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The all-important Black Elections in Miami that the White Media has Forgotten about. Here's my checklist

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With the August 30 primary around the corner, all the local media attention is focused on the race for Miami-Dade County mayor between incumbent Carlos Gimenez and School Board member Raquel Regalado. However, there are other local races that are significantly important for the African-American community.

In Miami Gardens, Mayor Oliver Gilbert is in a heated race against former city Councilman Ulysses Howard and ex-Opa-Locka Police Chief James Wright. Howard, who was appointed to the council in 2005, subsequently ran in three elections and lost, most recently in 2012. Howard is a free lunch candidate. Wright, who was fired from Opa-Locka in 2008 amid allegations he sexually harassed subordinates, is trying to get back in the race after being disqualified by a judge. For obvious reasons, Miami Gardens residents should re-elect Gilbert.

Miami-Dade School Board member Wilbert “Tee” Holloway, whose district includes Miami Gardens and Opa-Locka, is also seeking re-election. I remember when I was having trouble getting my coaching certification approved by the Florida Department of Education, I called Holloway several times for his support. He never picked up the phone I’m pretty sure there’s a lot of people he didn’t pick up for like me. So it’s time for new blood someone who has their ears to the streets and will pick up the phone. Voters should cast their ballots for Steven Gallon III, a former Miami Dade Public Schools adminsitrator who served as public schools superintendent in Plainfield, New Jersey.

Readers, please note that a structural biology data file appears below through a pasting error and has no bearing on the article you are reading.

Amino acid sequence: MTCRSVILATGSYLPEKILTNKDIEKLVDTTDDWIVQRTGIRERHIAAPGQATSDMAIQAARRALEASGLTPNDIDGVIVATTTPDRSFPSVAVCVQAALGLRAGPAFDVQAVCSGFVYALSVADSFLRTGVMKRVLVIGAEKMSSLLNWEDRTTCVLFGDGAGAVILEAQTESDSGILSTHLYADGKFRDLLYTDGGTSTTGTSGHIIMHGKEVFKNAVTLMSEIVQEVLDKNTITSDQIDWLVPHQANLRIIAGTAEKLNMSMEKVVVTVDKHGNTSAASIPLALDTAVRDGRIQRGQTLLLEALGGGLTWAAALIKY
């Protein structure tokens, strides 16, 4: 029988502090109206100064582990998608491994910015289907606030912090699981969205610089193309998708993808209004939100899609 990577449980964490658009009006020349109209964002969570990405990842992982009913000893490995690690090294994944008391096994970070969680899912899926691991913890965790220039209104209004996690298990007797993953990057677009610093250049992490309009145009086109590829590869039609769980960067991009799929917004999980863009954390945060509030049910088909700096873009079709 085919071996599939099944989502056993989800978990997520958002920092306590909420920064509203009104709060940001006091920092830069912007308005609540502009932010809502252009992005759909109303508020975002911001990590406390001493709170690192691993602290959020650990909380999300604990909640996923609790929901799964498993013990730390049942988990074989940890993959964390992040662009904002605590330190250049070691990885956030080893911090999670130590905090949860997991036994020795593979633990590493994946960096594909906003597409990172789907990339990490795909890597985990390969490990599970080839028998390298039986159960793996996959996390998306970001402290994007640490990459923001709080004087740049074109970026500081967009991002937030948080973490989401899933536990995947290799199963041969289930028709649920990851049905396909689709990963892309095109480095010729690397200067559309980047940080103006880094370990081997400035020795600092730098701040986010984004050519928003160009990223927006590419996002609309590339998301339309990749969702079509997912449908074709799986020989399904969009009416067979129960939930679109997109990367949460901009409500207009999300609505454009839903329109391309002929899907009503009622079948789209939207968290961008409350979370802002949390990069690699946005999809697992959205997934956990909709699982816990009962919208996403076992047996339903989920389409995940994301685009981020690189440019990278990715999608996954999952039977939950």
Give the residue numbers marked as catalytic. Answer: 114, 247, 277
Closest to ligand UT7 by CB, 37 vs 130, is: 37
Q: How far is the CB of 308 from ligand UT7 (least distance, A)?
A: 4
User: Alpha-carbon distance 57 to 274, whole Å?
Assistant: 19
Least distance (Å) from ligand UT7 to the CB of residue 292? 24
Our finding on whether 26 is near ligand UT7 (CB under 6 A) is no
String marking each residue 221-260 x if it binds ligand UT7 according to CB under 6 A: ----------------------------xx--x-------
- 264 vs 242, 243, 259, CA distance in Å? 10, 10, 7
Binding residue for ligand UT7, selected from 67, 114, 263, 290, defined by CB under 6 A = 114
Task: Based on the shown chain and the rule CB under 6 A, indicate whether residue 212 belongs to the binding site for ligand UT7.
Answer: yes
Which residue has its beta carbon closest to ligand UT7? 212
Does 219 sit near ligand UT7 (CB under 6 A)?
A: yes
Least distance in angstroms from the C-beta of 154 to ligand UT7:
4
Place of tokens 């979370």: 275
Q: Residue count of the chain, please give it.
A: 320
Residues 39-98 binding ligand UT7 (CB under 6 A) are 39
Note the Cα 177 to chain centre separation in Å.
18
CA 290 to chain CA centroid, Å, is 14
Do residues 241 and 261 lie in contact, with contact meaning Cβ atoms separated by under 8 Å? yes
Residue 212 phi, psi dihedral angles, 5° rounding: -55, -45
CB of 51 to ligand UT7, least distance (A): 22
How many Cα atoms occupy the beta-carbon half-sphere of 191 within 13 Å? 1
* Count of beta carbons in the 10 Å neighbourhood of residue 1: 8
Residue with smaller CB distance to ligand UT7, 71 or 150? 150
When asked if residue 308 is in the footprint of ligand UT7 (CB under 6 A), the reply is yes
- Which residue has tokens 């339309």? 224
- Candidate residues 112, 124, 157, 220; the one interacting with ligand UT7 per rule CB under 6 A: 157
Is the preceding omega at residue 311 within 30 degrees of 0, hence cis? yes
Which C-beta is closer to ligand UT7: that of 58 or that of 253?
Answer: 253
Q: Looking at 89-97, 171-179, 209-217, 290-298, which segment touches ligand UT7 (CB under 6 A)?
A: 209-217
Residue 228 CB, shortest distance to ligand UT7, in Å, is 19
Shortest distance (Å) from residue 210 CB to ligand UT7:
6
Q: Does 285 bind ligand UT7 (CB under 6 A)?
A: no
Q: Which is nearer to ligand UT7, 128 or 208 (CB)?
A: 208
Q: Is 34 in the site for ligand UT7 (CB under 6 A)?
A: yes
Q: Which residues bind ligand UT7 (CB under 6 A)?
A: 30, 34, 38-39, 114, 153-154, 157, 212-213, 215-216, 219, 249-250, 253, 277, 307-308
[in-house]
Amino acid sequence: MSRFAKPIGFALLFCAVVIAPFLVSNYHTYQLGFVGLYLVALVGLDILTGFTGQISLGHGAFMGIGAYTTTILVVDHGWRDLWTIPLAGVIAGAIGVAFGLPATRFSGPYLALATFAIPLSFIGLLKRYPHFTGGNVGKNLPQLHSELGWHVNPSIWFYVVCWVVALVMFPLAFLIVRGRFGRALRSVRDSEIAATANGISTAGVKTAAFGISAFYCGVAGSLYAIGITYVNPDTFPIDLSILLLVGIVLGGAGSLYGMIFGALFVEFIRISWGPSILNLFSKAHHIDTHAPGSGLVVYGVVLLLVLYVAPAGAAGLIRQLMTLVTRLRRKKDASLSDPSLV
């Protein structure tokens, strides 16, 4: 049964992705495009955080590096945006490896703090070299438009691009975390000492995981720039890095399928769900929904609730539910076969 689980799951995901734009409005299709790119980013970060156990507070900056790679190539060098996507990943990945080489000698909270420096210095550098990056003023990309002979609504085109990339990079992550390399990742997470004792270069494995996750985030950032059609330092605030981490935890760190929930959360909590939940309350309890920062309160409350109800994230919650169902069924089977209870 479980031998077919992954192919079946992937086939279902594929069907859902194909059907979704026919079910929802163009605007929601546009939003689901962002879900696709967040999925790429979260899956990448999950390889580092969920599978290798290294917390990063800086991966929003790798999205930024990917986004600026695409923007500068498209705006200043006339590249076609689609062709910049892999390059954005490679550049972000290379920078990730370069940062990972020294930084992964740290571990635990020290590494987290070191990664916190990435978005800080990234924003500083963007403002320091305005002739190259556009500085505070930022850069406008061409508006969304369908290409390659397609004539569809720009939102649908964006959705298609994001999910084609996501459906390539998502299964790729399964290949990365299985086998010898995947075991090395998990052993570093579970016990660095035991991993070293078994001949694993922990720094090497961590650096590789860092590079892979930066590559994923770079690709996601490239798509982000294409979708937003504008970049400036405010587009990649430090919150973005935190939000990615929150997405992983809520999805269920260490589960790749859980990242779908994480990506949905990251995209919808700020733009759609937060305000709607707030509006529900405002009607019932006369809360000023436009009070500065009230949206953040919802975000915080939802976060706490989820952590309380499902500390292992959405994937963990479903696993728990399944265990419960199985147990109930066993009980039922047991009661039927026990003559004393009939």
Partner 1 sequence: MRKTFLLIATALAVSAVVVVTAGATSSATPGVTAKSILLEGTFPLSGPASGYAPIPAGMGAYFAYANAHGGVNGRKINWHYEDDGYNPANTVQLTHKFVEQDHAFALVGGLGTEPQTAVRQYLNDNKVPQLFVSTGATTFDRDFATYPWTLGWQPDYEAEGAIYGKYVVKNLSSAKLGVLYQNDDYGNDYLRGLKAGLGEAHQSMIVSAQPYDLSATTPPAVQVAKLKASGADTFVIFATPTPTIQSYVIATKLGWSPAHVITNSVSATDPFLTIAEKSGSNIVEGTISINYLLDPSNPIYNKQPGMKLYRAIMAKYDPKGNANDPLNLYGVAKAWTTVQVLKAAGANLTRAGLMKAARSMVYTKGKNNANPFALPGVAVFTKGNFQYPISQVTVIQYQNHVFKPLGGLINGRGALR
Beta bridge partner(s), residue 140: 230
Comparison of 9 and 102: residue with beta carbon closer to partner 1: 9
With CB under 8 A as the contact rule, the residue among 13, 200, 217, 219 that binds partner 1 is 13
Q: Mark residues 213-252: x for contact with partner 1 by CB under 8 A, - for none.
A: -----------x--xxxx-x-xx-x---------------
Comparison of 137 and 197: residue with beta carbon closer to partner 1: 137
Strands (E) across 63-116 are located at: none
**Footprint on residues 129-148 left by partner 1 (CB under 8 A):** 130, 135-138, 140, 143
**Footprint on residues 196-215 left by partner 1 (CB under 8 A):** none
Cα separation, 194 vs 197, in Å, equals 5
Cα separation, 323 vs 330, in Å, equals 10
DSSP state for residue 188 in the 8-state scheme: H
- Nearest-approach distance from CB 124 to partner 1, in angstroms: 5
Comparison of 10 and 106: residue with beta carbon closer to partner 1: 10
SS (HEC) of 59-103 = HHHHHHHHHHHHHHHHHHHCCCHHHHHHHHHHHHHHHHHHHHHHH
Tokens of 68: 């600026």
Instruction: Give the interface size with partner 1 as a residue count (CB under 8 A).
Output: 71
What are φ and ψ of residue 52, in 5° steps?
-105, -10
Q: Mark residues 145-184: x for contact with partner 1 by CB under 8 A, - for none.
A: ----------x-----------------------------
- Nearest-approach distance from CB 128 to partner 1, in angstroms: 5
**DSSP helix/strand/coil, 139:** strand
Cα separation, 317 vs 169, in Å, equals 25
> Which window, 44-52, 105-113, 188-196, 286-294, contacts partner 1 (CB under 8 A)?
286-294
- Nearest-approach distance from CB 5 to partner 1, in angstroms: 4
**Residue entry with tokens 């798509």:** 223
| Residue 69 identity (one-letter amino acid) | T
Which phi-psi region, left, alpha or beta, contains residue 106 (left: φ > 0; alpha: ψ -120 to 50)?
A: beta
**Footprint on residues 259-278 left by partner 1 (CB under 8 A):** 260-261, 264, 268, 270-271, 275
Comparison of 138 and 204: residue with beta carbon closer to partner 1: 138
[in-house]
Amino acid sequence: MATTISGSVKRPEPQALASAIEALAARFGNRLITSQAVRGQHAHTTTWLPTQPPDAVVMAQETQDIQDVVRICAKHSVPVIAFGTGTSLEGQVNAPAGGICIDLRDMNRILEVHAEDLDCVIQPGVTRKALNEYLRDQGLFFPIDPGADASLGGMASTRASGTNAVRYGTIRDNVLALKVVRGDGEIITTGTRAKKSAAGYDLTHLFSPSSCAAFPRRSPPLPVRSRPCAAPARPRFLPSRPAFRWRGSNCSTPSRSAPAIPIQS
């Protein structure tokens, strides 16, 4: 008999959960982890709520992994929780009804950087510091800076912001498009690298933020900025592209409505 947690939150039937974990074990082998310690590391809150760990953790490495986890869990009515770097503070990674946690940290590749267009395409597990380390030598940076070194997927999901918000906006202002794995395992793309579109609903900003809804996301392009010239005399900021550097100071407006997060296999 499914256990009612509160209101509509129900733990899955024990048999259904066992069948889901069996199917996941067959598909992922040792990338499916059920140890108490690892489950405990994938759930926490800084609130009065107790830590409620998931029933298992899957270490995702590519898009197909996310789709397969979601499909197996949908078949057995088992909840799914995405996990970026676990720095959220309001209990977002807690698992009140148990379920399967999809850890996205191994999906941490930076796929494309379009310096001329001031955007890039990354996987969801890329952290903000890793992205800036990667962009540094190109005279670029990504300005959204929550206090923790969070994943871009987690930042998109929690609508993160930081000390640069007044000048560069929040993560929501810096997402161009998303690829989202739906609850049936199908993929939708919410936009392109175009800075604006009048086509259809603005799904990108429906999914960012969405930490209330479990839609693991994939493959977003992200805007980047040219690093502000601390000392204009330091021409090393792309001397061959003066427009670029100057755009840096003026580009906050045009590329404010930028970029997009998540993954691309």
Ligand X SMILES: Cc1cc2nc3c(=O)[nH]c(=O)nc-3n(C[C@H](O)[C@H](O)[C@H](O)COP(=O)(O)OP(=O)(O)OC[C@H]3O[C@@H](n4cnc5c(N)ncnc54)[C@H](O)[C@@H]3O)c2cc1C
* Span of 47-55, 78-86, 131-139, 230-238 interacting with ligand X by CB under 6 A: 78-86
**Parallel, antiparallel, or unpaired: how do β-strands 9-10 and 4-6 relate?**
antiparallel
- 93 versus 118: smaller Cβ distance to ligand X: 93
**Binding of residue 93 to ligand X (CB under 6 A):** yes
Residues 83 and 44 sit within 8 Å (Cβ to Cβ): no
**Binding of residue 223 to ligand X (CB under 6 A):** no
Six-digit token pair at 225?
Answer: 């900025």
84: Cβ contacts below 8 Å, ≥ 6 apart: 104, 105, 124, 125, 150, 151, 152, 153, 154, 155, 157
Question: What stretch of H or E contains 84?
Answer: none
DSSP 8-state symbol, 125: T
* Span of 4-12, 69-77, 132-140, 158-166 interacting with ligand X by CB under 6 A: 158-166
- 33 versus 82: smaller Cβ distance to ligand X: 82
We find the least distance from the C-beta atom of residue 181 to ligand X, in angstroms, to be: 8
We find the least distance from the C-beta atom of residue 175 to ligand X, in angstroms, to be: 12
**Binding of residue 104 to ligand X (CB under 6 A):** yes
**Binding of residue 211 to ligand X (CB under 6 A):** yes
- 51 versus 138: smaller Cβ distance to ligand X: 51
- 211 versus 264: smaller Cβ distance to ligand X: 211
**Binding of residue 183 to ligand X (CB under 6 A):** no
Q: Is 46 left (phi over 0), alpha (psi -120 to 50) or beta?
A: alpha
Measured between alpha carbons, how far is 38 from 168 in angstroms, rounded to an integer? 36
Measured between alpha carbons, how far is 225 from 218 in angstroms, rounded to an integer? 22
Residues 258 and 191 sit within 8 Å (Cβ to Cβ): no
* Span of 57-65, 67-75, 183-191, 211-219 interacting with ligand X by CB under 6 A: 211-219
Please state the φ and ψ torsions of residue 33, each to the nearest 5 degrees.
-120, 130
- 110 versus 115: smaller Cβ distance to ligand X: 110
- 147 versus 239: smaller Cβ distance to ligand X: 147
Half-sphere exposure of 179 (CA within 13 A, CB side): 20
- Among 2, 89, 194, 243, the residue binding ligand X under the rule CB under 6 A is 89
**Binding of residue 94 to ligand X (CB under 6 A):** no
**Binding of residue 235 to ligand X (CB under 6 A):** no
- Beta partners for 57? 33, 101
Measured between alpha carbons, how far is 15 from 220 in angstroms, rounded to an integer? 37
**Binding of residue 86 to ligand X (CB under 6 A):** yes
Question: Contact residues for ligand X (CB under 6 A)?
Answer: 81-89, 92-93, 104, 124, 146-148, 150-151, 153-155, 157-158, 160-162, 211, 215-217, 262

In the crowded field to replace retiring state Sen. Gwen Margolis — forced out after making dumb comments about Haitians coming after her seat — the most recognizable names are state Rep. Daphne Campbell and former Miami Beach commissioner Michael Gongora. Ive seen signs for Campbell all over northeast Miami-Dade County, but I never heard of her until a quick Google search revealed a trail of news stories documenting fraudulent schemes she and her family members have been involved in since she got into office. So I’m going with Gongora, who hasn’t been rocked by scandal and who has been reaching out to black voters.

Finally, we have Randall Hill, a Homeland Security agent who played football for the Miami Hurricanes and the Miami Dolphins, challenging Congresswoman Fredrica Wilson. I loved Hill when he was a Cane and enjoyed his breakout performance in The U documentary. But he has not put in the community hours in Overtown, Liberty City, Opa-Locka and Miami Gardens.

Besides, the next time the Hat Lady is up for re-election, I may run against her.

Next week, I’m doing a full column on the white people running.

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